Video: Why the Housing Market Still Faces Headwinds
US Housing Starts Show Signs of Stabilizing
Last week the Federal Reserve increased rates to more than 5%, the highest level in 16 years and the tenth consecutive hike in a little over a year.
Yet even as the central bank has tried to tamp down inflation and curb demand, the housing sector — one of the more rate-sensitive areas of the US economy — has remained hot with prices barely budging.
In fact, after a brief dip at the end of last year, this year’s selling season for US homebuilders has already been stronger than expected.
The stabilization has been fueled in part by homebuilders offering more incentives to get people to move in last year, according to Zonda chief economist Ali Wolf. The deals seem to have worked— so much so that after a brief period of discounting in 2022, homebuilders are raising prices once again.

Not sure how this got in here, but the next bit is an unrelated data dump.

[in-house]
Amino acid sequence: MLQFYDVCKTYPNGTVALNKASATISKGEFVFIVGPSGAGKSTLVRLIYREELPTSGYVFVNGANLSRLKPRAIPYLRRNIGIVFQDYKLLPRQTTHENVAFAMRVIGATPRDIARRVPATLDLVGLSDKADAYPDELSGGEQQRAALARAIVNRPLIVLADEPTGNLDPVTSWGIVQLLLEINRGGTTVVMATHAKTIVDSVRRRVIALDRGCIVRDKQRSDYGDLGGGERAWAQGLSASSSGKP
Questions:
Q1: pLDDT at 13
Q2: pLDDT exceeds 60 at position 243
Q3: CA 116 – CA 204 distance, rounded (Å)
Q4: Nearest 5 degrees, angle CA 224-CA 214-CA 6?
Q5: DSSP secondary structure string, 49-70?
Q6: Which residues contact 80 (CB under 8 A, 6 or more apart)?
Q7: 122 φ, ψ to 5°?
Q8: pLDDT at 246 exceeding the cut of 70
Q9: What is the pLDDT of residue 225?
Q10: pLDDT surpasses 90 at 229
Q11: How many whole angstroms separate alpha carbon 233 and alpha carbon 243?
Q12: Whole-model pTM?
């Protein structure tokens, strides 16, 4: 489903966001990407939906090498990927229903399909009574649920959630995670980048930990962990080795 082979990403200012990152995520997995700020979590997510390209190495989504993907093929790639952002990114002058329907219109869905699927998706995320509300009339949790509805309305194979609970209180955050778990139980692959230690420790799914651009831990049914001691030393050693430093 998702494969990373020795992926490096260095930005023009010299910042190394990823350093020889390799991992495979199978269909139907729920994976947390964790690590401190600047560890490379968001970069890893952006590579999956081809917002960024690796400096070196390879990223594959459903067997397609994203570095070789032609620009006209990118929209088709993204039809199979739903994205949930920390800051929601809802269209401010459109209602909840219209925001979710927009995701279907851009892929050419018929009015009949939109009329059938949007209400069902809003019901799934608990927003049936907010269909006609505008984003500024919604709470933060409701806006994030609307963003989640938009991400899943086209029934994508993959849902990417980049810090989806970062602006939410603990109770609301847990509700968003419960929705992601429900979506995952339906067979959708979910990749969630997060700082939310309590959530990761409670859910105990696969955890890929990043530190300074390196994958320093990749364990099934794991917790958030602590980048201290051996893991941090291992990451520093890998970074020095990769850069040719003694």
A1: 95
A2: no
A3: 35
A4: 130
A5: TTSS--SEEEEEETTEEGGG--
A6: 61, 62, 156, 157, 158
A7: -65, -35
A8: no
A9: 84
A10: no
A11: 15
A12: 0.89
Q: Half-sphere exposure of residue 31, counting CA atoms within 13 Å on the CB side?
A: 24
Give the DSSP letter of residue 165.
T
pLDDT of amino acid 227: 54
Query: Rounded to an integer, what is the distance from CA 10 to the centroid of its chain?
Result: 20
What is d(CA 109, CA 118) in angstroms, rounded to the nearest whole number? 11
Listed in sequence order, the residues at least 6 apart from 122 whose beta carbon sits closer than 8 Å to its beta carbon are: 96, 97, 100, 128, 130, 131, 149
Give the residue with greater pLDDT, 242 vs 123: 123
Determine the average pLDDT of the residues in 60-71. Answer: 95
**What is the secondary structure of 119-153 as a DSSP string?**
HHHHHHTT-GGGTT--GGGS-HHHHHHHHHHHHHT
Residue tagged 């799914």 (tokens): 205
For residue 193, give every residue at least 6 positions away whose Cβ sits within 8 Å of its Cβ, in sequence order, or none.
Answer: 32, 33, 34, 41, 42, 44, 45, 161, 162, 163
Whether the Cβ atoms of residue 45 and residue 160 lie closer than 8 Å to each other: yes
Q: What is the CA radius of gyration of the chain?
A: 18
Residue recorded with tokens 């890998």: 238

“It’s tricky because now you’re having financing seize up to get new homes built, but you’re also having builders raise prices again. So the market is operating completely out of whack,” Wolf says in the latest episode of the Odd Lots podcast. “You should be seeing demand come down and prices come down, but now you’re seeing prices up, but inventory potentially going down.”
It’s probably not the result that a central bank looking to fight inflation was hoping to see, and it may add to concerns about the long-term availability and affordability of housing in America with house prices now picking up again.
That was helped by homebuilders offering more incentives to get people to move in.
So after a brief respite, many homebuilders have now gone back to upping their prices.